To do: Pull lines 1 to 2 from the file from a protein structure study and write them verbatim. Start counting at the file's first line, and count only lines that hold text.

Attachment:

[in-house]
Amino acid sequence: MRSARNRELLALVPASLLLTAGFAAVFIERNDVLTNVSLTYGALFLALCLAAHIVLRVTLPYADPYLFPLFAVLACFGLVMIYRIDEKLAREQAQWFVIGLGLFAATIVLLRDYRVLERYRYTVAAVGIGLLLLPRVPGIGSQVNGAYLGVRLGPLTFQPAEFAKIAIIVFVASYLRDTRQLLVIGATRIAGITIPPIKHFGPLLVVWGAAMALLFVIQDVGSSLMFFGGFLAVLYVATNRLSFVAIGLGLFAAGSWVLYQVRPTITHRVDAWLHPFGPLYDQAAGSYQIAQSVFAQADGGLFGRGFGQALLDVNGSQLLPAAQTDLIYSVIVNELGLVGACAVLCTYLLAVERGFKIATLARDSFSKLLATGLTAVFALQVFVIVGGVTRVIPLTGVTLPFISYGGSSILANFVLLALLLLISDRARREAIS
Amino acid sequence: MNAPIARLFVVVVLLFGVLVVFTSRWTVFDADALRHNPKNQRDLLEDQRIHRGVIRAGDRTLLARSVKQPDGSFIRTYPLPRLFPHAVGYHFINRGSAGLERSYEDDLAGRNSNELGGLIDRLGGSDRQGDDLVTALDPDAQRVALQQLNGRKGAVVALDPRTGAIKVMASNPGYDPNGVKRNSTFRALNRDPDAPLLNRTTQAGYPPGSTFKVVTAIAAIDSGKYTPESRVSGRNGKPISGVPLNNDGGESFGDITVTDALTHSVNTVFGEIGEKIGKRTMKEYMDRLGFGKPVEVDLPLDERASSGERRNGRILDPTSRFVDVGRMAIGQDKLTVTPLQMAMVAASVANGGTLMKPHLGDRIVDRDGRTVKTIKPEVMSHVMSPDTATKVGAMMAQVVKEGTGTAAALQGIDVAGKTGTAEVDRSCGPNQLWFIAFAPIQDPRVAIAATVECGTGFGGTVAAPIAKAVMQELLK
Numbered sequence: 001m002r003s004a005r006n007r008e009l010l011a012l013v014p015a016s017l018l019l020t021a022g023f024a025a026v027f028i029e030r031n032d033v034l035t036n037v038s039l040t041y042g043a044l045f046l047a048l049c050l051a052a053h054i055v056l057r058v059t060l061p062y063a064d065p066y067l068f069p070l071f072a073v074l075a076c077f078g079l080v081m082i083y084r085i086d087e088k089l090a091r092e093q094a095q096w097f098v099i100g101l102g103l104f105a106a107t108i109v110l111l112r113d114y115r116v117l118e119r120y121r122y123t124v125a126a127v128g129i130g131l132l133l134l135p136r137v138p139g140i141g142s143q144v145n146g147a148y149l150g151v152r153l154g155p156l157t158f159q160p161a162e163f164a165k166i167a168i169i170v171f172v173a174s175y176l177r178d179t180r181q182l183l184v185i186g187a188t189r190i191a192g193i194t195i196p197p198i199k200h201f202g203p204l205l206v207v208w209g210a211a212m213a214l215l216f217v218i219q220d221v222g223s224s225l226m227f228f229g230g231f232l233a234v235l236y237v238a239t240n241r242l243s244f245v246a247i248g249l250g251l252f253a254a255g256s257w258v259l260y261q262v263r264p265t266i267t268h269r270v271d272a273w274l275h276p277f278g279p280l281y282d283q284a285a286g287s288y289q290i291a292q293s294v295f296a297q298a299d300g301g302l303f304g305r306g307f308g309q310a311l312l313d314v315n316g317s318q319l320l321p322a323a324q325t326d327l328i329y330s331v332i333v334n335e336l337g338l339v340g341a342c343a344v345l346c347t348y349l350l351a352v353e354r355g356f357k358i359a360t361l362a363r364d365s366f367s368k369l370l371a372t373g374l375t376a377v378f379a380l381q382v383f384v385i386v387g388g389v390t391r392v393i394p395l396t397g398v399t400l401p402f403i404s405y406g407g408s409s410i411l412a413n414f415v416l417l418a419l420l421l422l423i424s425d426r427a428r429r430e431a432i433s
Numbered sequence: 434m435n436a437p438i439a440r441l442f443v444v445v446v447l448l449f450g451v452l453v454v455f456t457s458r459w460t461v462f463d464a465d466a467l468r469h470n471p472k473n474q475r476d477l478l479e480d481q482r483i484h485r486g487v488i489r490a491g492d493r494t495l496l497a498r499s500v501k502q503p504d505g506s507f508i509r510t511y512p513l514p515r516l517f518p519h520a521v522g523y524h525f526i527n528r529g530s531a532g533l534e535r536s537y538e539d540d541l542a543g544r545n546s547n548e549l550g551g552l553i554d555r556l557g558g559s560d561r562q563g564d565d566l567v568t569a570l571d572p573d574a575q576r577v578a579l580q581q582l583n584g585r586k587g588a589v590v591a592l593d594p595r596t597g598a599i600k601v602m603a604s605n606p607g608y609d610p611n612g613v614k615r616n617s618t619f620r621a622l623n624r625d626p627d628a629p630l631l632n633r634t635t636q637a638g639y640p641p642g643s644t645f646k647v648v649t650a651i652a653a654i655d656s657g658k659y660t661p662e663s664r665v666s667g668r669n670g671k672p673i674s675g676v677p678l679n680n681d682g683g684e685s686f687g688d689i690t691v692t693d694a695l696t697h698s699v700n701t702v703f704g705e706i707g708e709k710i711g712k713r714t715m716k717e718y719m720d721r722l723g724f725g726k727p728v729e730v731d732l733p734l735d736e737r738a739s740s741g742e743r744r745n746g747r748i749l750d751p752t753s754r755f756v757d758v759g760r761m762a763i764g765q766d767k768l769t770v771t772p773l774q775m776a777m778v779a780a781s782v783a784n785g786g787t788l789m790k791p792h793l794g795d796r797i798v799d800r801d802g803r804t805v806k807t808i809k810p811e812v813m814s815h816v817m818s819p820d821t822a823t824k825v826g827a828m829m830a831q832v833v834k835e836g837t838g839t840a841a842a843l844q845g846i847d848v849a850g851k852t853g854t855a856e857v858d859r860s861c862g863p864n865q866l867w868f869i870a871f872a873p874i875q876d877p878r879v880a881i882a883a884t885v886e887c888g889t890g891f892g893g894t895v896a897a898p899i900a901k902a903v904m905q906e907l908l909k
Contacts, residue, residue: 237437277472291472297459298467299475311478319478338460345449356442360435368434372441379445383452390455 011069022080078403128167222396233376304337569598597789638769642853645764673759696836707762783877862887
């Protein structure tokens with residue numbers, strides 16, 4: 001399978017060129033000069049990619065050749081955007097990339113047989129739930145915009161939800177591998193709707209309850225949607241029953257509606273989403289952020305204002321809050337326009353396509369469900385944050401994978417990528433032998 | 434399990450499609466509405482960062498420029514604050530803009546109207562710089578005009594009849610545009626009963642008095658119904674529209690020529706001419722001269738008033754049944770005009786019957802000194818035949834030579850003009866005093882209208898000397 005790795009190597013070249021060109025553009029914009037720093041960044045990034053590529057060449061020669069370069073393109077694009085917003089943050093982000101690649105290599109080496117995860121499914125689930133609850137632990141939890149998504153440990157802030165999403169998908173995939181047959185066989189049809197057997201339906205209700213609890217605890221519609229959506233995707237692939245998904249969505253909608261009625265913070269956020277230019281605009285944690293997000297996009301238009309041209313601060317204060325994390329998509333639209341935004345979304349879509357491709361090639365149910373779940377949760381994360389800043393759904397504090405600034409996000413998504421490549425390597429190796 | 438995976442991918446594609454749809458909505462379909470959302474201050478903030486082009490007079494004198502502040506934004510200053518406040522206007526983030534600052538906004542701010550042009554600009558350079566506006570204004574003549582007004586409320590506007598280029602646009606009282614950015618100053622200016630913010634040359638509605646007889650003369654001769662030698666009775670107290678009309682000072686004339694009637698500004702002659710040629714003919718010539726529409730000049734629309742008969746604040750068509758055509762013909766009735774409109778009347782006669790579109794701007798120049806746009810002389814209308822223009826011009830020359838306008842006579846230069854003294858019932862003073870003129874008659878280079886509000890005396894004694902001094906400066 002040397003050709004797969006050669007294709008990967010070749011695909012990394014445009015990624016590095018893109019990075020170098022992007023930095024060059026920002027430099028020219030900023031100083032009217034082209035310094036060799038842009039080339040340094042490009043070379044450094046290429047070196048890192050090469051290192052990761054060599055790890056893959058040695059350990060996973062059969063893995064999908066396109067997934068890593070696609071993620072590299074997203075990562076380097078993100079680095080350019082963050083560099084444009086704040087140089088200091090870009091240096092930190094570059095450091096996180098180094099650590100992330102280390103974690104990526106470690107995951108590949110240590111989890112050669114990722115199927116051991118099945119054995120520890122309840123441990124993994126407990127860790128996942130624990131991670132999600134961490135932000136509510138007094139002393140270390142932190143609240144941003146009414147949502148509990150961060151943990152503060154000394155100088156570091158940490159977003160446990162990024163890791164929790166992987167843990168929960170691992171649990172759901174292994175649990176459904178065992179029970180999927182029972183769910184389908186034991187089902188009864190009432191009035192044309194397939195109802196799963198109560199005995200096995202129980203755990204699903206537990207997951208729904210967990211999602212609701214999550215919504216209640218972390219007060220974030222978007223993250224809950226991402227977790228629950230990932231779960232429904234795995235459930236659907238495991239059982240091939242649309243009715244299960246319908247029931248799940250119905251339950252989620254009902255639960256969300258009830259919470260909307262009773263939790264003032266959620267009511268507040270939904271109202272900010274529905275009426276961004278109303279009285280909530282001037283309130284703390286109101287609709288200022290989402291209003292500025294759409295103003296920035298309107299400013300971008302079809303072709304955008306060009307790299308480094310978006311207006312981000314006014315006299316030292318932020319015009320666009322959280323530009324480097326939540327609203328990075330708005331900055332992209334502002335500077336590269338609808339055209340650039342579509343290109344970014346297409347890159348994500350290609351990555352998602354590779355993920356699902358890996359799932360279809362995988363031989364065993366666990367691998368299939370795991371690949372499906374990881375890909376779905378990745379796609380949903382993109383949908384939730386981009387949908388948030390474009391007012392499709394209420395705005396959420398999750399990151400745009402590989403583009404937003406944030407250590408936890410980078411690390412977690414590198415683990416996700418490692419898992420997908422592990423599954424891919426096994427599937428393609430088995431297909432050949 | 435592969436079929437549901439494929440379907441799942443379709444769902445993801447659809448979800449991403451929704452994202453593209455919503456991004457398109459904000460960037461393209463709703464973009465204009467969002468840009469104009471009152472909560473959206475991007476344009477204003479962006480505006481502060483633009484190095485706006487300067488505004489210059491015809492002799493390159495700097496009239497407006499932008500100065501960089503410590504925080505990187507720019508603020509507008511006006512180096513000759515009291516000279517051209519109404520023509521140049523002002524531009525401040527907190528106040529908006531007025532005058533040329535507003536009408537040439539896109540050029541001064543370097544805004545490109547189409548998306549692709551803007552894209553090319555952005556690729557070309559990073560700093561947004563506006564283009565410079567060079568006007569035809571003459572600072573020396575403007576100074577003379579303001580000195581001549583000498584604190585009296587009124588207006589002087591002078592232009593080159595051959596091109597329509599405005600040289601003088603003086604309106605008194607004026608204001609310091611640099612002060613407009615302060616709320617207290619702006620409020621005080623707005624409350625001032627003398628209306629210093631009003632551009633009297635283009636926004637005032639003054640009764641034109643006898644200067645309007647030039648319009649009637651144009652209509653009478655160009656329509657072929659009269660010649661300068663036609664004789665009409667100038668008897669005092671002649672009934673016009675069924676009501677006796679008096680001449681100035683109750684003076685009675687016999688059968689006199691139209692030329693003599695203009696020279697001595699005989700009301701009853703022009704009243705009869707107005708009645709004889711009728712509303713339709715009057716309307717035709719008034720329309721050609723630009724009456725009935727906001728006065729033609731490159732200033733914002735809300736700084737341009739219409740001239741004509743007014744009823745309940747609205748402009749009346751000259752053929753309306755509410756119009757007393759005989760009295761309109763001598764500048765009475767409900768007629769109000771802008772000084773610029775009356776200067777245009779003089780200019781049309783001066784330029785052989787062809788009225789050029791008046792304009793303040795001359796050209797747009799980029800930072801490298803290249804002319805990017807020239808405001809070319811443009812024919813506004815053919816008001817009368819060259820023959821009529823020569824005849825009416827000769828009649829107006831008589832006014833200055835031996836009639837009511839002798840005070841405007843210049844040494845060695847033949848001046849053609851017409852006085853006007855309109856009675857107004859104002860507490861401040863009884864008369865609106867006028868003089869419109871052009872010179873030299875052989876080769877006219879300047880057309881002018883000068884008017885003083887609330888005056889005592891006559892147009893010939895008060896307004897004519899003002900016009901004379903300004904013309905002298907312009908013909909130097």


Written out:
[in-house]
Amino acid sequence: MRSARNRELLALVPASLLLTAGFAAVFIERNDVLTNVSLTYGALFLALCLAAHIVLRVTLPYADPYLFPLFAVLACFGLVMIYRIDEKLAREQAQWFVIGLGLFAATIVLLRDYRVLERYRYTVAAVGIGLLLLPRVPGIGSQVNGAYLGVRLGPLTFQPAEFAKIAIIVFVASYLRDTRQLLVIGATRIAGITIPPIKHFGPLLVVWGAAMALLFVIQDVGSSLMFFGGFLAVLYVATNRLSFVAIGLGLFAAGSWVLYQVRPTITHRVDAWLHPFGPLYDQAAGSYQIAQSVFAQADGGLFGRGFGQALLDVNGSQLLPAAQTDLIYSVIVNELGLVGACAVLCTYLLAVERGFKIATLARDSFSKLLATGLTAVFALQVFVIVGGVTRVIPLTGVTLPFISYGGSSILANFVLLALLLLISDRARREAIS